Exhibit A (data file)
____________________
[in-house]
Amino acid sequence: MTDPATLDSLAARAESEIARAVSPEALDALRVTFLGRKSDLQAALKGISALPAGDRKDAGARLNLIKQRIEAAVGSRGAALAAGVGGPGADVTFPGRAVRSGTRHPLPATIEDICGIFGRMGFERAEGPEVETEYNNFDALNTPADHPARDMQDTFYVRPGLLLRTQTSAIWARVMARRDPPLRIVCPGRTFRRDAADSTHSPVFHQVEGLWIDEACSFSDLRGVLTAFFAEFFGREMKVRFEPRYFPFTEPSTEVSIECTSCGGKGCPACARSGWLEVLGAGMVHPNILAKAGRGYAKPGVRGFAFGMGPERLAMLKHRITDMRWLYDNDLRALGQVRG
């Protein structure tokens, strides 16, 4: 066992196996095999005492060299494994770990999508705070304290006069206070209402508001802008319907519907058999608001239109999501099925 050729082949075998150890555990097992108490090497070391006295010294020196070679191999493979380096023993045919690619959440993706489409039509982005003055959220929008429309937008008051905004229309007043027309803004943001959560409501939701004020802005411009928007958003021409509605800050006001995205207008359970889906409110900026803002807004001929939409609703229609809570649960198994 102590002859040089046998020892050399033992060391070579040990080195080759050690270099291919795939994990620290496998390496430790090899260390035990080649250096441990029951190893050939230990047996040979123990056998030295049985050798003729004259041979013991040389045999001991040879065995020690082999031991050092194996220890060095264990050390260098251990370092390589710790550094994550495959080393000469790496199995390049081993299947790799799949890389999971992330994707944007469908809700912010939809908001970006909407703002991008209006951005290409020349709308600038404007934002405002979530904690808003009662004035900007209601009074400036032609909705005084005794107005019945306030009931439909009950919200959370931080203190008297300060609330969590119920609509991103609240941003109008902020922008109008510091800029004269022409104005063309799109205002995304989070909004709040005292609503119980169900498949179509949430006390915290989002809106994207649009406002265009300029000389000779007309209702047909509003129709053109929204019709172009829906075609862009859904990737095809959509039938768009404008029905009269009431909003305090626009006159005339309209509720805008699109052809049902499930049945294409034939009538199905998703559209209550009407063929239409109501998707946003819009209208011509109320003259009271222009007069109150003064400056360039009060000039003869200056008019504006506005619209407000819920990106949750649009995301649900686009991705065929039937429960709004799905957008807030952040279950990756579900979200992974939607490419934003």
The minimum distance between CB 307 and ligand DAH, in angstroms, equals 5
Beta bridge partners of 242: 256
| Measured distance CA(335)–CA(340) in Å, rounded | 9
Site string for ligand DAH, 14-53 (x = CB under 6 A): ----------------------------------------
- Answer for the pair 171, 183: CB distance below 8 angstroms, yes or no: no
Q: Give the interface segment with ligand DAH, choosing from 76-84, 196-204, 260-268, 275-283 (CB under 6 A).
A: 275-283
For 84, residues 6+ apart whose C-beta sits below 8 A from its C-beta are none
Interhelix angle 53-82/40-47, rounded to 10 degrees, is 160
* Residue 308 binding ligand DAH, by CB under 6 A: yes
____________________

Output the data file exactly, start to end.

[in-house]
Amino acid sequence: MTDPATLDSLAARAESEIARAVSPEALDALRVTFLGRKSDLQAALKGISALPAGDRKDAGARLNLIKQRIEAAVGSRGAALAAGVGGPGADVTFPGRAVRSGTRHPLPATIEDICGIFGRMGFERAEGPEVETEYNNFDALNTPADHPARDMQDTFYVRPGLLLRTQTSAIWARVMARRDPPLRIVCPGRTFRRDAADSTHSPVFHQVEGLWIDEACSFSDLRGVLTAFFAEFFGREMKVRFEPRYFPFTEPSTEVSIECTSCGGKGCPACARSGWLEVLGAGMVHPNILAKAGRGYAKPGVRGFAFGMGPERLAMLKHRITDMRWLYDNDLRALGQVRG
């Protein structure tokens, strides 16, 4: 066992196996095999005492060299494994770990999508705070304290006069206070209402508001802008319907519907058999608001239109999501099925 050729082949075998150890555990097992108490090497070391006295010294020196070679191999493979380096023993045919690619959440993706489409039509982005003055959220929008429309937008008051905004229309007043027309803004943001959560409501939701004020802005411009928007958003021409509605800050006001995205207008359970889906409110900026803002807004001929939409609703229609809570649960198994 102590002859040089046998020892050399033992060391070579040990080195080759050690270099291919795939994990620290496998390496430790090899260390035990080649250096441990029951190893050939230990047996040979123990056998030295049985050798003729004259041979013991040389045999001991040879065995020690082999031991050092194996220890060095264990050390260098251990370092390589710790550094994550495959080393000469790496199995390049081993299947790799799949890389999971992330994707944007469908809700912010939809908001970006909407703002991008209006951005290409020349709308600038404007934002405002979530904690808003009662004035900007209601009074400036032609909705005084005794107005019945306030009931439909009950919200959370931080203190008297300060609330969590119920609509991103609240941003109008902020922008109008510091800029004269022409104005063309799109205002995304989070909004709040005292609503119980169900498949179509949430006390915290989002809106994207649009406002265009300029000389000779007309209702047909509003129709053109929204019709172009829906075609862009859904990737095809959509039938768009404008029905009269009431909003305090626009006159005339309209509720805008699109052809049902499930049945294409034939009538199905998703559209209550009407063929239409109501998707946003819009209208011509109320003259009271222009007069109150003064400056360039009060000039003869200056008019504006506005619209407000819920990106949750649009995301649900686009991705065929039937429960709004799905957008807030952040279950990756579900979200992974939607490419934003």
The minimum distance between CB 307 and ligand DAH, in angstroms, equals 5
Beta bridge partners of 242: 256
| Measured distance CA(335)–CA(340) in Å, rounded | 9
Site string for ligand DAH, 14-53 (x = CB under 6 A): ----------------------------------------
- Answer for the pair 171, 183: CB distance below 8 angstroms, yes or no: no
Q: Give the interface segment with ligand DAH, choosing from 76-84, 196-204, 260-268, 275-283 (CB under 6 A).
A: 275-283
For 84, residues 6+ apart whose C-beta sits below 8 A from its C-beta are none
Interhelix angle 53-82/40-47, rounded to 10 degrees, is 160
* Residue 308 binding ligand DAH, by CB under 6 A: yes